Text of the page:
A rape victim has launched a legal action against the Government's new 'bedroom tax' that tells housing benefit recipients that they must accept a benefit cut if they have a spare room that they do not rent out, reports Insidehousing.co.uk
The case is being brought by a woman known only as 'A', who was the victim of rape, sexual harassment and stalking. As a result she has been left in a specially adapted home with a 'panic room' and a 'sanctuary system' with reinforced doors and windows.
A claims that the Government's new social housing law, introduced on 1 April this year, discriminates against her and could have a devastating effect on her life and that of her son.
The 'bedroom tax' was introduced as part of the Welfare Reform Act 2012 and came into force last month. The law means that those in receipt of housing benefit will be unable to claim housing benefit to cover their entire rent when they have spare bedrooms that they do not rent out.
Although dubbed a 'bedroom tax' by the media, councils are likely to refer to the rules as 'size-limit rules' or 'under-occupancy rules'.
The new rules apply to those of working age who are in receipt of housing benefit and who rent a home with more bedrooms than they need. The rules will not apply to any men or women who are aged 61 years and 5 months on 1 April 2013.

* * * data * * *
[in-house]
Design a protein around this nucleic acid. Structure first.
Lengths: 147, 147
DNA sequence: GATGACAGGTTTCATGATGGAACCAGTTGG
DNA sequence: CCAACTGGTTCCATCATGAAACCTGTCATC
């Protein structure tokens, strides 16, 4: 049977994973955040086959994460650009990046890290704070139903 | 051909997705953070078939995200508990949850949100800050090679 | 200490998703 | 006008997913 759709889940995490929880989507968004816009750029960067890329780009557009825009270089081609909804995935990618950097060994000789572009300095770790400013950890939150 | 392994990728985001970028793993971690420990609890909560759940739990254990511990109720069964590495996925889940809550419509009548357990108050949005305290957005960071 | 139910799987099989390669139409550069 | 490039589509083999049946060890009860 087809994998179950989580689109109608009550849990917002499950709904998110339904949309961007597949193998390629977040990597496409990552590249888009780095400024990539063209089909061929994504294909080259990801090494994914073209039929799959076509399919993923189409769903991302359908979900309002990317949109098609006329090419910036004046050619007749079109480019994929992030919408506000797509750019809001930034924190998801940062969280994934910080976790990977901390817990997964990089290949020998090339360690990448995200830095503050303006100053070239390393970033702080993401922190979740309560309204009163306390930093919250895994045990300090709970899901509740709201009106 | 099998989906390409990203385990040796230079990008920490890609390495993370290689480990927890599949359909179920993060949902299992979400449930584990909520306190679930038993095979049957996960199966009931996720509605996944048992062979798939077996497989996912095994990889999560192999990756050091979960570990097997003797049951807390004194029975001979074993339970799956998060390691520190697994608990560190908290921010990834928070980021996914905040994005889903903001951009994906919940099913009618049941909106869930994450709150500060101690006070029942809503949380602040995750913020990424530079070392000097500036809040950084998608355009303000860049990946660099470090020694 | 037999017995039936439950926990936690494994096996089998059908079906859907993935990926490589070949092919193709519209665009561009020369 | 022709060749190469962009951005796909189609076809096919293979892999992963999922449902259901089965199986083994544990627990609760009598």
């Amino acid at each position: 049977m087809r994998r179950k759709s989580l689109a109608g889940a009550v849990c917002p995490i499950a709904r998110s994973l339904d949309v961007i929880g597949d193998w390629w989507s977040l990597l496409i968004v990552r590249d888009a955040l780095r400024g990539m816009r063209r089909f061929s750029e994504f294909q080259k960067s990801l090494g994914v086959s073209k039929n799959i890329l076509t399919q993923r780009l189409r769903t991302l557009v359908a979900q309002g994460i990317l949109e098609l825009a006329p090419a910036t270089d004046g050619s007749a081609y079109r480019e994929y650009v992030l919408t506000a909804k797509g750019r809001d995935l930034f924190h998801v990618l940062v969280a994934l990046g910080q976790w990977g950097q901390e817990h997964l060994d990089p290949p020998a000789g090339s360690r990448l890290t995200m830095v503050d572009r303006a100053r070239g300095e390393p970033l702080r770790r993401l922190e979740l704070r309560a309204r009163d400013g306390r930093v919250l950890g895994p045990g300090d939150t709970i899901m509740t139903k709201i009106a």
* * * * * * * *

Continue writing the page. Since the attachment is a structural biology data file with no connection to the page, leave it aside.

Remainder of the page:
Solicitors acting for A say that the new rules would mean her breaching her carefully created security to allow a tenant into her home, or risk losing much needed benefits.
"Our client's life is at risk and she is terrified. She lives in a property that has been specially adapted by the police, at great expense, to protect her and her child," said Rebekah Carrier of solicitors Hopkins Murray Beskine.
"It is ridiculous that she is now being told she must move to another property... or else take in a lodger," she added.
The Department of Work and Pensions say that they believe the rules are lawful and that they do not discriminate against any groups.
Rape victim legally challenges bedroom tax (Inside Housing)